Things have progressed since the $100 laptop prototype was first publicly unveiled at a press conference with UN Secretary-General Kofi Annan and MIT's Nicholas Negroponte at last year's second phase of the World Summit on the Information Society (WSIS) in Tunis, Tunisia.

What was then just a garish brick of green spray-paint with a wind-up power crank and a loosely fastened LCD screen, has undergone a fairy-tale metamorphosis into a beautiful swan or handsome robotic prince if you prefer. More specifically, a wider range of colours are expected which could include yellow, red, orange and blue. The hand-crank has been dropped (opting for a mains/foot-pedal solution instead), and the screen is now 7.5 inches of the latest e-Ink technology from 3M which features low power consumption and a very impressive 1200 x 900 screen resolution in black and white mode and 800 x 600 in colour mode.

Pete Barr-Watson, project lead for the iCommons/Creative Commons integration with One Laptop Per Child (OLPC), the non-profit initiative founded by Nicholas Negroponte in 2005 which is responsible for bringing the $100 laptop project to fruition, summarized the current status of the project and spoke about the role that Creative Commons will play in the future at the 2006 iSummit in Rio de Janeiro, Brazil this past June.

Barr-Watson dedicated a large part of his presentation on outlining the facts of the project so far and dispelling some of the myths that have started to circulate on the Internet. As already discussed, nothing has been finalised with regards to finish and it is likely that the laptop?s colour will vary according to manufacturer and receiving country. The Wi-Fi and "Mesh" networking capabilities remain the same and a relatively new addition, the "horns" on either side of the machine, will double-up as Wi-Fi antennas and protect the Input/Output (I/O) ports on the side.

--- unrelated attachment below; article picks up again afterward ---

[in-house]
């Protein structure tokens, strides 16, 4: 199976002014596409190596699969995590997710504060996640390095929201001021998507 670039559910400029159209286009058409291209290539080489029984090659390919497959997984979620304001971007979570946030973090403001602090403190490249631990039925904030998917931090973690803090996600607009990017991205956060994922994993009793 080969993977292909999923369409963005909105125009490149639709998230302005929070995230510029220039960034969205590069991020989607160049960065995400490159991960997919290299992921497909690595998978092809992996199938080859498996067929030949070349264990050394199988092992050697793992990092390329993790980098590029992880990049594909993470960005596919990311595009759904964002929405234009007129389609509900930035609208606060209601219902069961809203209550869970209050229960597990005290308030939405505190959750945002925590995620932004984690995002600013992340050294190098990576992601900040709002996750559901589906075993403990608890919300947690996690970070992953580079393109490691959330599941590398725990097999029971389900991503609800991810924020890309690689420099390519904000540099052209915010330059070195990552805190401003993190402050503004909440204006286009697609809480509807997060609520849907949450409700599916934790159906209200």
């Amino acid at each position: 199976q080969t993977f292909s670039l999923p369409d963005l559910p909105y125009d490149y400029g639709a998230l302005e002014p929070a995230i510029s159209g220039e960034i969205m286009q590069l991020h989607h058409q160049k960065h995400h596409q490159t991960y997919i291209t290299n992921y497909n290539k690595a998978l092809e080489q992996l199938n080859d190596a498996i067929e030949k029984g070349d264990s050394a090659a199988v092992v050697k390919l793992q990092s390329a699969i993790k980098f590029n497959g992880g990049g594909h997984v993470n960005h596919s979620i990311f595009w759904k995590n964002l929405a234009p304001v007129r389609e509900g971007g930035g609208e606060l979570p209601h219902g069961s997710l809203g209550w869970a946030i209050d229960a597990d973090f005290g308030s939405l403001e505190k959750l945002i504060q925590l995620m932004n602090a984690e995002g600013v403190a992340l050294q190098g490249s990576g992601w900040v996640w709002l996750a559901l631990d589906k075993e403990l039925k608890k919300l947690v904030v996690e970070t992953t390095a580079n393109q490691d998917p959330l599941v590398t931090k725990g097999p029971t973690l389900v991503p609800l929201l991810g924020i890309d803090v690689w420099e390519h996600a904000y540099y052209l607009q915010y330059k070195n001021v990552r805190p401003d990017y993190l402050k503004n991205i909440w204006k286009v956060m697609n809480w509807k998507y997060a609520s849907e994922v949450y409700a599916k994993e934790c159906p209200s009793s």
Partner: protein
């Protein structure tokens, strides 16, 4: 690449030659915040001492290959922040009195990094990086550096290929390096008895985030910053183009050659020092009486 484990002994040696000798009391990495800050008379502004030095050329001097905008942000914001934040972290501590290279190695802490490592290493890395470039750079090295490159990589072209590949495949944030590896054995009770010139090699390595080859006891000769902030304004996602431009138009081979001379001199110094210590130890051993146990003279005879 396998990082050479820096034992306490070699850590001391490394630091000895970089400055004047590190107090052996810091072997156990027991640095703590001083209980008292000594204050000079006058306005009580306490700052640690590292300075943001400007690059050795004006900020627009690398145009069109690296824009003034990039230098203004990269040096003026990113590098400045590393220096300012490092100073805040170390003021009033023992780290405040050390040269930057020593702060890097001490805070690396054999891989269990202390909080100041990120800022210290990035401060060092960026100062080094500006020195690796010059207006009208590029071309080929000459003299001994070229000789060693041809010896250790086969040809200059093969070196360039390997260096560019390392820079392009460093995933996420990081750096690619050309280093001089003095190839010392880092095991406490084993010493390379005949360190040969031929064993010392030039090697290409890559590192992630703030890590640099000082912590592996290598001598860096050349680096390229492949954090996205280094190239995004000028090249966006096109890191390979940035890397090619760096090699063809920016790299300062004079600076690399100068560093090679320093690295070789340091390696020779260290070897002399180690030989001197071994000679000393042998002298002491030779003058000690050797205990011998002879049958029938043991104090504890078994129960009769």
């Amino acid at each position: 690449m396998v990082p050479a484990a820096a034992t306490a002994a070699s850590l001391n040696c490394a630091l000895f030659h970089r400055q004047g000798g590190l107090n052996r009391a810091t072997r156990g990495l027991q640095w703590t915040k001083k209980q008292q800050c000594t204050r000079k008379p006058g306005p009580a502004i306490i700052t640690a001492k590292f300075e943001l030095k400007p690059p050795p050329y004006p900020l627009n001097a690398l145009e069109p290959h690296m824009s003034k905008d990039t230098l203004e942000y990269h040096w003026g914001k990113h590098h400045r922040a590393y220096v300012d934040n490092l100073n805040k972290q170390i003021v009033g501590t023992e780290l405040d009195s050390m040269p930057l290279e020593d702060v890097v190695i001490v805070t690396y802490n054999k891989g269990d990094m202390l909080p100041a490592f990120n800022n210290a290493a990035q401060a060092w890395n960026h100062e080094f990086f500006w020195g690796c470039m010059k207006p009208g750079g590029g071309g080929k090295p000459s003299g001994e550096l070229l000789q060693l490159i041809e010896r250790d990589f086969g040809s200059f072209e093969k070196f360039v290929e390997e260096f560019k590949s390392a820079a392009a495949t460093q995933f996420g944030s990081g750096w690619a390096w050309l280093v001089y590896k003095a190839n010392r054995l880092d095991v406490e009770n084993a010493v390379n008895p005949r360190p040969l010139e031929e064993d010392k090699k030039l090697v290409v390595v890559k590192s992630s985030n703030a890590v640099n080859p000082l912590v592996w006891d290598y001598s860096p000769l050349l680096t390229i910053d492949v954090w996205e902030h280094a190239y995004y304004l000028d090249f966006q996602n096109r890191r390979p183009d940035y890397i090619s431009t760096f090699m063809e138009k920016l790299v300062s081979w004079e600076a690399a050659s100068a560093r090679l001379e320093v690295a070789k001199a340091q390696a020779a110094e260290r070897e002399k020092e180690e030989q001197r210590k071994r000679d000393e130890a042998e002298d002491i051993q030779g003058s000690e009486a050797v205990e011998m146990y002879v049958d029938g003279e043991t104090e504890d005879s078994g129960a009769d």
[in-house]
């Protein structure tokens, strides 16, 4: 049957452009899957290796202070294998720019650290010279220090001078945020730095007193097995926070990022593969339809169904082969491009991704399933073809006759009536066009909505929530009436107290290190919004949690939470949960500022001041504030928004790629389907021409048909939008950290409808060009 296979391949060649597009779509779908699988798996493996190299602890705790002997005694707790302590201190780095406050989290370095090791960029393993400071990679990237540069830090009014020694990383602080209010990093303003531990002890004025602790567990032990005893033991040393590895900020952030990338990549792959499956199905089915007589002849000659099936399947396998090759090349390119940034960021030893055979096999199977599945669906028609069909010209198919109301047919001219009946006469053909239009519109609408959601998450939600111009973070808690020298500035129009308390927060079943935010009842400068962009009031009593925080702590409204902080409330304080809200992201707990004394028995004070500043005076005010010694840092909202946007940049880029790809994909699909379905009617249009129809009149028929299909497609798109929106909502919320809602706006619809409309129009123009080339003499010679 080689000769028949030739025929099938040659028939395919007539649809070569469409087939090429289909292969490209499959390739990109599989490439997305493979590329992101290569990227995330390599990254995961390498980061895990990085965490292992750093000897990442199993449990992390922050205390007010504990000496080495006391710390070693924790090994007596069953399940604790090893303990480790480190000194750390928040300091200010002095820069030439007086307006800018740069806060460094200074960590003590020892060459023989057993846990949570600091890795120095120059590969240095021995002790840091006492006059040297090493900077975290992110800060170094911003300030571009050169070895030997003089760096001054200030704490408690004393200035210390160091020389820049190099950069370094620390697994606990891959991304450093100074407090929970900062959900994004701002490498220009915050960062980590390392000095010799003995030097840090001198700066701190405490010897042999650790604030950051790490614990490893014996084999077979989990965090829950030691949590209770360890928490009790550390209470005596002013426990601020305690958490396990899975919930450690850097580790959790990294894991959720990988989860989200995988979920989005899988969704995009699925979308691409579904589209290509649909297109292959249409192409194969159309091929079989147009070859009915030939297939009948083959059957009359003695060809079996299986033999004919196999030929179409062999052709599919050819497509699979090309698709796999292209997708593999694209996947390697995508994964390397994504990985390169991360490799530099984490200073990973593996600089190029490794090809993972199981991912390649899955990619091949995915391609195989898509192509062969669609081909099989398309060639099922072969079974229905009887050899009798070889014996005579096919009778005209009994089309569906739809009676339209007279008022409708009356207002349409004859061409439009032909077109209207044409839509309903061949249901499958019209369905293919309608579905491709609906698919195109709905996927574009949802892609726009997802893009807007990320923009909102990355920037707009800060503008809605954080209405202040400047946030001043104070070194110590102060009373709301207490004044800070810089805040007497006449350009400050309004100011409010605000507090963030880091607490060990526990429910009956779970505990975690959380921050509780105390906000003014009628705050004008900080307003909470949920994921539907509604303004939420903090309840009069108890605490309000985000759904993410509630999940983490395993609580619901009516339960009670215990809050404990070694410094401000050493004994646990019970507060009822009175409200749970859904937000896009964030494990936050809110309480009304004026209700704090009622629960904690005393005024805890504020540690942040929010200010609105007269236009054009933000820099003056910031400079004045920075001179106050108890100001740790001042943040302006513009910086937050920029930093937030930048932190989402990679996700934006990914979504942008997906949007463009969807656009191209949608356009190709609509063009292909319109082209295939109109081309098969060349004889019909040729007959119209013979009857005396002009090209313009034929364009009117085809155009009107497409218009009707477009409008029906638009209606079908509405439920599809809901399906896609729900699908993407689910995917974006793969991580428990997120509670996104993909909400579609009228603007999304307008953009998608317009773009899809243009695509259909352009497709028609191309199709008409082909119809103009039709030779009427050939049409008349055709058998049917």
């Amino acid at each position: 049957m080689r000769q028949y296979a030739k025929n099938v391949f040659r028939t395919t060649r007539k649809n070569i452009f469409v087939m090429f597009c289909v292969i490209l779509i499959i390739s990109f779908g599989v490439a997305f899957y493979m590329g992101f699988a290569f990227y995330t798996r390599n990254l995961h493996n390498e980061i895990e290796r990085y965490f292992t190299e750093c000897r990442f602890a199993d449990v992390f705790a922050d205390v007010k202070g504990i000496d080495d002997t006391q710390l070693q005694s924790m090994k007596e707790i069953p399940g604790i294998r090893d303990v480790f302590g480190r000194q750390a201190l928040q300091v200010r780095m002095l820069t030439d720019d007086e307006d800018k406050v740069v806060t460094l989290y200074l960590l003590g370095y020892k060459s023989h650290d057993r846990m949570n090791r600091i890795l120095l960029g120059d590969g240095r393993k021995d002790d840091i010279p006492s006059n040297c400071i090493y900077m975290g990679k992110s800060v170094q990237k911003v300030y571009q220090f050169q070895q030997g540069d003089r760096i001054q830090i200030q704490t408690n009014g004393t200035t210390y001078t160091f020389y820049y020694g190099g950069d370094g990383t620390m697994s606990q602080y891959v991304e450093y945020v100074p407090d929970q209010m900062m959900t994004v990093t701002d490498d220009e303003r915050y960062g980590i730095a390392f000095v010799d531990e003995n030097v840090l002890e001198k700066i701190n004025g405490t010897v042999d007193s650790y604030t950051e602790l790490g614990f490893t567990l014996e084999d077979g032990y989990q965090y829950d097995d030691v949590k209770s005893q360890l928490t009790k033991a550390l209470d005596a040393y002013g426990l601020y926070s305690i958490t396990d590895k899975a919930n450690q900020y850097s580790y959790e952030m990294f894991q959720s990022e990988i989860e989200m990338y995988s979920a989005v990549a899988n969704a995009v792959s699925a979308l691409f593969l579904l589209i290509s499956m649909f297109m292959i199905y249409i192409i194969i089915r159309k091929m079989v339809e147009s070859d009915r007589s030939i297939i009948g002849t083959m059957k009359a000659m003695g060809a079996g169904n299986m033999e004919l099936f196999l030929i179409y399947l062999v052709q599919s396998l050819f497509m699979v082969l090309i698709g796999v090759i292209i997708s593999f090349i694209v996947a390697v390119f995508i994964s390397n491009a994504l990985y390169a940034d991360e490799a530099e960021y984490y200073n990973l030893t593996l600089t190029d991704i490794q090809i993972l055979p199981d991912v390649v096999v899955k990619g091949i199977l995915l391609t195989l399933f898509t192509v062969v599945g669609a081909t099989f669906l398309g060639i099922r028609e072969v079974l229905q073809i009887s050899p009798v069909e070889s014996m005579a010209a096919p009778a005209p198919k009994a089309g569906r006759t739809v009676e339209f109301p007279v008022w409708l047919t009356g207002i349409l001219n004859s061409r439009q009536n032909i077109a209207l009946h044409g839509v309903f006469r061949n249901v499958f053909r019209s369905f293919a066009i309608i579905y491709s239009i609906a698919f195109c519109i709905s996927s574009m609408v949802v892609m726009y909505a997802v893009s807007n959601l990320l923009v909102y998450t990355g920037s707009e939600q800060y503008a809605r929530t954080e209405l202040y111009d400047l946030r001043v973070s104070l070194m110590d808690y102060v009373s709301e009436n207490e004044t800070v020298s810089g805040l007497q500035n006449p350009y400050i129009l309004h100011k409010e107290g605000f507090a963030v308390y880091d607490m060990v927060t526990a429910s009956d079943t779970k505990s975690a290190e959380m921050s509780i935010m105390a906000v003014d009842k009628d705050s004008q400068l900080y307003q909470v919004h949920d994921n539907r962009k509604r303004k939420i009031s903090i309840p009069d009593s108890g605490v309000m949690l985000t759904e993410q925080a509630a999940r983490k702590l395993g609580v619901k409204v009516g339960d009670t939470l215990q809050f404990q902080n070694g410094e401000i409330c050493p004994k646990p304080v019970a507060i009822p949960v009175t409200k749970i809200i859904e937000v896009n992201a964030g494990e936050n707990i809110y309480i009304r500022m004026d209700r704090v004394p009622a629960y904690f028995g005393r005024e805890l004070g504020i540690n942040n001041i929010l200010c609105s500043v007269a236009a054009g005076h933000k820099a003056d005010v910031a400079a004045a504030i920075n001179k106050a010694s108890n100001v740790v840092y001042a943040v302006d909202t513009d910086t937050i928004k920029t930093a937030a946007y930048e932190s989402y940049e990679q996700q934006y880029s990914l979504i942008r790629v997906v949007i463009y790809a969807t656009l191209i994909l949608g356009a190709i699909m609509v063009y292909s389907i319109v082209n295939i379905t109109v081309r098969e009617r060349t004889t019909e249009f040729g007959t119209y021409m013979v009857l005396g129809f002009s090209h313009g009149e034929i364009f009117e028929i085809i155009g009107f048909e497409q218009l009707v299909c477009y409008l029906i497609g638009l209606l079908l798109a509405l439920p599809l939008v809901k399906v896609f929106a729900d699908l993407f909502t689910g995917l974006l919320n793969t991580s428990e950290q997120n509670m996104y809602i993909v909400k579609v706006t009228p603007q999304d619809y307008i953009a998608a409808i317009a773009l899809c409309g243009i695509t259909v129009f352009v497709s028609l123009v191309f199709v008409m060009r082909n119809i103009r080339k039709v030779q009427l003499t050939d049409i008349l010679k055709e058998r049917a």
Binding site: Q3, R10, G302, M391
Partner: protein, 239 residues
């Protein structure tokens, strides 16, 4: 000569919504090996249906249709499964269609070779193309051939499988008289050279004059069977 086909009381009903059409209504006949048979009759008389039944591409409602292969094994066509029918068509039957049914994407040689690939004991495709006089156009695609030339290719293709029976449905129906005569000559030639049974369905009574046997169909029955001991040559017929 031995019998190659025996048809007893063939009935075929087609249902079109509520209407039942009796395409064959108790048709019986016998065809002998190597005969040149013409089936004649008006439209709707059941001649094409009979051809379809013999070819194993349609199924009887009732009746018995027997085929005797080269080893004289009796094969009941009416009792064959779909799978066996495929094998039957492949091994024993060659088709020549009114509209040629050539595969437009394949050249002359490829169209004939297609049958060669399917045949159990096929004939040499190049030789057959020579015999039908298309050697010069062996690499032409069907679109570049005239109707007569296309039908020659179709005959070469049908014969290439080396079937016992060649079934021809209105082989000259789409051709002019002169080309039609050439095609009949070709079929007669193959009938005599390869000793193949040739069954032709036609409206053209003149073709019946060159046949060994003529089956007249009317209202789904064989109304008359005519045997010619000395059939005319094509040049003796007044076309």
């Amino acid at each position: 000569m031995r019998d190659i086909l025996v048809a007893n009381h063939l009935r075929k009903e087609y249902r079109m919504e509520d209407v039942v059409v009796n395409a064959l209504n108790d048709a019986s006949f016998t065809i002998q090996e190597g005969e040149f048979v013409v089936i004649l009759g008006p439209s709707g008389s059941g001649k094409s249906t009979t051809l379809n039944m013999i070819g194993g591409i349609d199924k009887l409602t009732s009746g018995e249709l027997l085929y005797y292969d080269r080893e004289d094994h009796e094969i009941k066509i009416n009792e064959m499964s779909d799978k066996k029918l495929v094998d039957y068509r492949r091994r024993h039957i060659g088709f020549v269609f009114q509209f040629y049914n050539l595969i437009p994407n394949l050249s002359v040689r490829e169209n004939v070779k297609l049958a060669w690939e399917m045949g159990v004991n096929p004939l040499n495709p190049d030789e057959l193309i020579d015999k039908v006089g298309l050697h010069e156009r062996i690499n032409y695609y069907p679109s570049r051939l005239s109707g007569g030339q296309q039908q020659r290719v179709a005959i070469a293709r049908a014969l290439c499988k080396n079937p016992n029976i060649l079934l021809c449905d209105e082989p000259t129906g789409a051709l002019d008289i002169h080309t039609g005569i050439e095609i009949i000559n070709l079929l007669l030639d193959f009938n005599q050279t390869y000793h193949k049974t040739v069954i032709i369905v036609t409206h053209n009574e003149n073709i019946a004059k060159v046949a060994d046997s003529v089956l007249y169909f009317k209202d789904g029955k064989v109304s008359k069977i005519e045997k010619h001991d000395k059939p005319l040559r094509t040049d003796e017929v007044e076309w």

The Mesh networking capabilities allow for "child2child" sharing and continue to work even when the processor is powered down. This groundbreaking technology also extends the range of the wireless network, an obligatory feature in rural and undeveloped terrain common in Africa.

A special distribution of Red Hat Linux is due to power the laptop, with other open-source solutions including Ubuntu Linux also in the pipeline. This has been made possible by the 512 Megabytes of Random Access Memory (RAM) that the machines will now ship with, a significant upgrade on the 128 Megabytes that was originally announced.

While rollout of the laptops in the first-quarter of 2007 is still on the cards for the few countries that signed up to receive the first batch, others will have to wait a while longer until the success of the project has been determined, and the OLPC are insistent that they will not be made commercially available to the public.

Plans are currently underway to create a new "kid's only" Creative Commons (CC) license, as well as to incorporate CC reading and writing capabilities directly into the machines. iCommons are working with The Shuttleworth Foundation (TSF) on a new initiative called the iCommons iCurriculum which is currently being discussed online (http://wiki.tsf.org.za/iCommonsiCurriculum) and the outcome of this discussion should yield an exciting new perspective on open curriculum and benefit education.

Highway Africa News Agency